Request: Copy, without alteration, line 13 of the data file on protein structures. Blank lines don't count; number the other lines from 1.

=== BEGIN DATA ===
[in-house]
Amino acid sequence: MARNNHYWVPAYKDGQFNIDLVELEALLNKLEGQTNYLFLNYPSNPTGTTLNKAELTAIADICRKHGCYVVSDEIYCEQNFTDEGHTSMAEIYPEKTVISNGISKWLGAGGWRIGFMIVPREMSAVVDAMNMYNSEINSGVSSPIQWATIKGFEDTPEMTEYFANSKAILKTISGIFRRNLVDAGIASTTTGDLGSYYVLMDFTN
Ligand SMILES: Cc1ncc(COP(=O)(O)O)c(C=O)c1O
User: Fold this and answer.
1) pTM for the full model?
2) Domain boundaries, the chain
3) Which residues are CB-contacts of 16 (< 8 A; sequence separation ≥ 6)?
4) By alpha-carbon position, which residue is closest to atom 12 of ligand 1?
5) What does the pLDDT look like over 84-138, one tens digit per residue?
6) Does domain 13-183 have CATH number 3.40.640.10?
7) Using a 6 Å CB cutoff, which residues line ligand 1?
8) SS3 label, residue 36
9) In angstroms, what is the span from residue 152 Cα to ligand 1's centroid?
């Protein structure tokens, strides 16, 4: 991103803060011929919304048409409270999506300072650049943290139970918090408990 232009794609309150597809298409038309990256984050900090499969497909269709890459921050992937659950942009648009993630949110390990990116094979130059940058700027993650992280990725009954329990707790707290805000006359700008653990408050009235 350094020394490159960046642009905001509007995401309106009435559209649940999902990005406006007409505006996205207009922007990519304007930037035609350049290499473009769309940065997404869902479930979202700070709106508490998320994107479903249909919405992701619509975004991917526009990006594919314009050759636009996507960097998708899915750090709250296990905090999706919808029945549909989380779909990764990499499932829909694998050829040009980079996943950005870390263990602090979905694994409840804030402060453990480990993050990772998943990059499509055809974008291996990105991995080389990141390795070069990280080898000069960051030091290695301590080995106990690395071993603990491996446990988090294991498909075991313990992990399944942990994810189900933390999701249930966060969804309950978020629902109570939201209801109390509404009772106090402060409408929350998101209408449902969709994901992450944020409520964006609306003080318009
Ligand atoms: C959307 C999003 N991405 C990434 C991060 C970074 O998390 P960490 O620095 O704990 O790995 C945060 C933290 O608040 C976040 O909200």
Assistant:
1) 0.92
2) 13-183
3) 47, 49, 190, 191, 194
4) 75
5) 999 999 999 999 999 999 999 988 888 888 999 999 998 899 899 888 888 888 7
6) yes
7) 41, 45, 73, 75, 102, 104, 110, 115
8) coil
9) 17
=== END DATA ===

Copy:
9) In angstroms, what is the span from residue 152 Cα to ligand 1's centroid?